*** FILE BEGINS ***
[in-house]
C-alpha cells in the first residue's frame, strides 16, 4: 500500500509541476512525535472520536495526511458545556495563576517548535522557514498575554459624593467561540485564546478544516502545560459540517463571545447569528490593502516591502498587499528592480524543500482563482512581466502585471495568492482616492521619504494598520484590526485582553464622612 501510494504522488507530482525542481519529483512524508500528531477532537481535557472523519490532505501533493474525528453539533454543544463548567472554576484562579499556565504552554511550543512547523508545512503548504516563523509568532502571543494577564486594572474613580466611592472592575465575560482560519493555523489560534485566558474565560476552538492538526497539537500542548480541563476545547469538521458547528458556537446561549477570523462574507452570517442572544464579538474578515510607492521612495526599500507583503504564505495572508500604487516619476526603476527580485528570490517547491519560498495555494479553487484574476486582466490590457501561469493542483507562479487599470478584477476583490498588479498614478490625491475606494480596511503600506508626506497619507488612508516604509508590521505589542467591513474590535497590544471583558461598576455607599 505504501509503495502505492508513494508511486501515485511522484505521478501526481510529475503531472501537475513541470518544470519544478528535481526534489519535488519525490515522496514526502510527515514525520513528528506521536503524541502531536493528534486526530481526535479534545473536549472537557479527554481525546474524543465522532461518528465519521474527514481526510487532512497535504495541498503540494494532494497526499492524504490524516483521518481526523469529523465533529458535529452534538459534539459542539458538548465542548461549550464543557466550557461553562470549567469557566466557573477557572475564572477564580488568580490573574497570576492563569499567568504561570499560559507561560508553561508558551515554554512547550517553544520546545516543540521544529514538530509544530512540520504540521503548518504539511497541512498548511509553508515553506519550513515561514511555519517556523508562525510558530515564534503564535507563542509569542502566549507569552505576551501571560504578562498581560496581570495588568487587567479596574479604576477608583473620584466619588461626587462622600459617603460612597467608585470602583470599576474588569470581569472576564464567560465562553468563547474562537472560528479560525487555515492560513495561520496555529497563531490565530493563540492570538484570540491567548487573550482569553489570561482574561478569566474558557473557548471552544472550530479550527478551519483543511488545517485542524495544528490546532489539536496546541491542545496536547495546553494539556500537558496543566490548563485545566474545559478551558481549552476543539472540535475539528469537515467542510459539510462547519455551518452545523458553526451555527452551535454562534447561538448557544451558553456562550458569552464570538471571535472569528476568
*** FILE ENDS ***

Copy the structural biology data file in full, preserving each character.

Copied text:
[in-house]
C-alpha cells in the first residue's frame, strides 16, 4: 500500500509541476512525535472520536495526511458545556495563576517548535522557514498575554459624593467561540485564546478544516502545560459540517463571545447569528490593502516591502498587499528592480524543500482563482512581466502585471495568492482616492521619504494598520484590526485582553464622612 501510494504522488507530482525542481519529483512524508500528531477532537481535557472523519490532505501533493474525528453539533454543544463548567472554576484562579499556565504552554511550543512547523508545512503548504516563523509568532502571543494577564486594572474613580466611592472592575465575560482560519493555523489560534485566558474565560476552538492538526497539537500542548480541563476545547469538521458547528458556537446561549477570523462574507452570517442572544464579538474578515510607492521612495526599500507583503504564505495572508500604487516619476526603476527580485528570490517547491519560498495555494479553487484574476486582466490590457501561469493542483507562479487599470478584477476583490498588479498614478490625491475606494480596511503600506508626506497619507488612508516604509508590521505589542467591513474590535497590544471583558461598576455607599 505504501509503495502505492508513494508511486501515485511522484505521478501526481510529475503531472501537475513541470518544470519544478528535481526534489519535488519525490515522496514526502510527515514525520513528528506521536503524541502531536493528534486526530481526535479534545473536549472537557479527554481525546474524543465522532461518528465519521474527514481526510487532512497535504495541498503540494494532494497526499492524504490524516483521518481526523469529523465533529458535529452534538459534539459542539458538548465542548461549550464543557466550557461553562470549567469557566466557573477557572475564572477564580488568580490573574497570576492563569499567568504561570499560559507561560508553561508558551515554554512547550517553544520546545516543540521544529514538530509544530512540520504540521503548518504539511497541512498548511509553508515553506519550513515561514511555519517556523508562525510558530515564534503564535507563542509569542502566549507569552505576551501571560504578562498581560496581570495588568487587567479596574479604576477608583473620584466619588461626587462622600459617603460612597467608585470602583470599576474588569470581569472576564464567560465562553468563547474562537472560528479560525487555515492560513495561520496555529497563531490565530493563540492570538484570540491567548487573550482569553489570561482574561478569566474558557473557548471552544472550530479550527478551519483543511488545517485542524495544528490546532489539536496546541491542545496536547495546553494539556500537558496543566490548563485545566474545559478551558481549552476543539472540535475539528469537515467542510459539510462547519455551518452545523458553526451555527452551535454562534447561538448557544451558553456562550458569552464570538471571535472569528476568